In hip hop, MF DOOM is in a class of his own. The self-titled antihero’s influence easily reaches into the deepest corners of the underground, making him probably one of the few rappers everyone can agree on. His mysterious mask, the many comic book references and his complex lyrics have cult status. Celebrated across genres today, however, the British-American Daniel Dumile’s entry into music was anything but easy. Back then under the name Zef Love X, he founds the group KMD in 1988 together with his brother DJ Subroc. In 1991 they release the vinyl Mr. Hood, a playful album of funk and jazz samples that even makes it onto Pitchfork’s “Best of the decade” list. Here we already get an inkling of the rapper’s later style. Soon, however, the group comes to an end after Dumile’s brother suffers a fatal accident and the label leaves them stranded with their second record. The rapper goes through a years-long low, leaves the music and retreats. It’s not until the end of the 90s that we hear from him again, when he appears on Open Mics, with a small but important addition to his appearance: an iron mask. His persona MF DOOM is born.
Inspired by the Marvel villain Doctor Doom, who becomes evil after a personal tragedy, Dumile releases his first solo record Operation: Doomsday in 1999. Here, on jazz and soul beats, he tells of the setbacks of his past and, by means of samples and skits, repeatedly draws parallels to the Marvel universe. Recorded not in the studio but in his own four walls, the raw lo-fi album forms the basis for everything that will follow from the hip hop anti-hero in the years to come. His DIY approach is consequently reflected everywhere you see the rapper, as well as on MF DOOM merch. The name, though his most famous, is just one of many pseudonyms: over the years, Dumile creates his own universe of characters and stories. Thus, in 2003, his film-inspired album Take Me to Your Leader is released under the name King Geedorah, and shortly thereafter Vaudeville Villain, on which he transforms himself into the stranded time traveler Viktor Vaughn. A year later, he teams up with the scene-famous DJ Madlib and releases an album under the name Madvillain, which many consider his masterpiece. The cover of the vinyl is at least as famous as MF DOOM himself. The associative lyrics, Madlib’s multi-faceted beats and the short, to the point tracks eventually give the hip hop villain legendary status and even inspire artists like Thom Yorke.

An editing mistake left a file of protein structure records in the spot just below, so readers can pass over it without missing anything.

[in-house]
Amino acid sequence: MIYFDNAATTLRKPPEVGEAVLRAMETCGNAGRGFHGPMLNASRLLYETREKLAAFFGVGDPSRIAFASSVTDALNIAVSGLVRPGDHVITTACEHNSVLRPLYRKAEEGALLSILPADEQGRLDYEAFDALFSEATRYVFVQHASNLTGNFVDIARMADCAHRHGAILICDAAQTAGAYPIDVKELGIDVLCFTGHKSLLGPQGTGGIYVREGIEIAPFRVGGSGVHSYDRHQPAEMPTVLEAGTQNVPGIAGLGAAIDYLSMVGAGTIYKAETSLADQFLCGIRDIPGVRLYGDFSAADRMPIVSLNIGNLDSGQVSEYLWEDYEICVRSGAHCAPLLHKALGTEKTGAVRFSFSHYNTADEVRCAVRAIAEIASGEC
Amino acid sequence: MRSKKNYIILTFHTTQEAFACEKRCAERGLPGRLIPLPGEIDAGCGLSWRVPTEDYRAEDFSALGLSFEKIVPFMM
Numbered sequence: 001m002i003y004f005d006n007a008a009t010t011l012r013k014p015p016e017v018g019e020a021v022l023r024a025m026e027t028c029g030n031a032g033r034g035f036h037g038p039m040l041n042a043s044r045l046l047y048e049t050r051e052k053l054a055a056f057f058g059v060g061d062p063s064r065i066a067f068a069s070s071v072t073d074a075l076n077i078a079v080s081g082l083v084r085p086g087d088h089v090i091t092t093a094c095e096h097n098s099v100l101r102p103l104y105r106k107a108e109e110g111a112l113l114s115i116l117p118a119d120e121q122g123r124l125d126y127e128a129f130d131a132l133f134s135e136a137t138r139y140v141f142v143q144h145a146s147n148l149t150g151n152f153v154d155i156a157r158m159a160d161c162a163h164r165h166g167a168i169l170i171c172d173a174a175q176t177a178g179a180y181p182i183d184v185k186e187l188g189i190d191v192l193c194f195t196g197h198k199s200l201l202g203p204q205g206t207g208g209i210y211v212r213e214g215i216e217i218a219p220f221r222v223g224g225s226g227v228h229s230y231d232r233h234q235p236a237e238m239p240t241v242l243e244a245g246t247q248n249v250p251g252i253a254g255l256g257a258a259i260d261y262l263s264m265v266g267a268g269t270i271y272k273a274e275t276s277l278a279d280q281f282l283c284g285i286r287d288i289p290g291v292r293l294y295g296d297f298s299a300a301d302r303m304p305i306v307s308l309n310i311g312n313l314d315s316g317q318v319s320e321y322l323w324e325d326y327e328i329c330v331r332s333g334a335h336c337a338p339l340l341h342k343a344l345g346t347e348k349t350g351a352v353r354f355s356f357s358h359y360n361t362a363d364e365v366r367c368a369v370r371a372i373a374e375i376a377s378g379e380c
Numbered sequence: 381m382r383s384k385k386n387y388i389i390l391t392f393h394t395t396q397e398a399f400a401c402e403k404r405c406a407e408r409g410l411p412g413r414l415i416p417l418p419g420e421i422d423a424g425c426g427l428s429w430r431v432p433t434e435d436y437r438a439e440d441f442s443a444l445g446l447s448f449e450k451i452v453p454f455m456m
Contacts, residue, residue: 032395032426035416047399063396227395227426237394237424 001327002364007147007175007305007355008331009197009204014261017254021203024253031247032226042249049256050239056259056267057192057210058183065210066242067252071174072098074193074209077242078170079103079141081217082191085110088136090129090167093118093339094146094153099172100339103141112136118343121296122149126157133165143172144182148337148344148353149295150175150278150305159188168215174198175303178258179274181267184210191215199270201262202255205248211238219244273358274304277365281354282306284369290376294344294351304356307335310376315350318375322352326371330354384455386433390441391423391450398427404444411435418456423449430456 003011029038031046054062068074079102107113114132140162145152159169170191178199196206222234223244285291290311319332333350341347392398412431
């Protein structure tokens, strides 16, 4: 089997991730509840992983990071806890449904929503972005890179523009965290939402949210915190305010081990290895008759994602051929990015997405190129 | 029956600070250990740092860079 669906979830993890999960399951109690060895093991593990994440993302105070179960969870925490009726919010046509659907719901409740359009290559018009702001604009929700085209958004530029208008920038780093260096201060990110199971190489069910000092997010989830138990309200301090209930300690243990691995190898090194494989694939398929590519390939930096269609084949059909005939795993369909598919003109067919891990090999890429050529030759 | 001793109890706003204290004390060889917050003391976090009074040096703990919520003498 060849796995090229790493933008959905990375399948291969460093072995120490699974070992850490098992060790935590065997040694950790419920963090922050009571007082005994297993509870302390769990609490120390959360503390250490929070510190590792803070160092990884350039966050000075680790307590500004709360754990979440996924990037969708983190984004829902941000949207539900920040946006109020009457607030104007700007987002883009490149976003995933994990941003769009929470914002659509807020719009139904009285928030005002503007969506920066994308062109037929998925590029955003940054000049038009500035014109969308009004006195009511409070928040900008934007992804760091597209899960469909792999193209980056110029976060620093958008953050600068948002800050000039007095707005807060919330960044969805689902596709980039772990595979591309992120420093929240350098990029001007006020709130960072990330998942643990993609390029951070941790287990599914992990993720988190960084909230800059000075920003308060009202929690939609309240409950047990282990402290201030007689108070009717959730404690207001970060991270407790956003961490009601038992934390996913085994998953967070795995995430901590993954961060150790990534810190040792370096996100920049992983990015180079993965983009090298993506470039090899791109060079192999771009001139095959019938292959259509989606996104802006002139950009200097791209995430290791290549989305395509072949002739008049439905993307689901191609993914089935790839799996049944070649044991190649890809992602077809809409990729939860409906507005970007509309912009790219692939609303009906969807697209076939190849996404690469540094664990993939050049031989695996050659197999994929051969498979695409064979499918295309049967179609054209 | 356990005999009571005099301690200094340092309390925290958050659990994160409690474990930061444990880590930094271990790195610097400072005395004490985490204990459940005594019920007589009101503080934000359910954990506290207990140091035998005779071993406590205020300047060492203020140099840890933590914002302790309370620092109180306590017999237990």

After the mainstream success of Madvillainy, Dumile is not allowed a creative break – his albums VV:2 and Mm..Food are released in the same year. Widely acclaimed by the press, the latter forms a concept album on which MF DOOM wittily combines stories from the street with the theme of food. He attracts public attention especially with his live performances, when he often sends a double on stage to avoid having to perform himself. His releases remain multifaceted, and he follows up with another solo album and various collaborations, such as with the internationally respected DJ Danger Mouse, producer Jneiro Jarel or rapper Bishop Nehru. Dumile can also prove himself as a producer when he releases a whole 10 records of his own beat creations over the years with his Special Herbs series. Towards the end of his life, his public appearance reduces, which probably has to do with the death of his son in 2017. In October 2020, Dumile dies at the age of only 49. The cause of death unclear, he leaves behind a rich oeuvre and an influence on hip hop that few can match.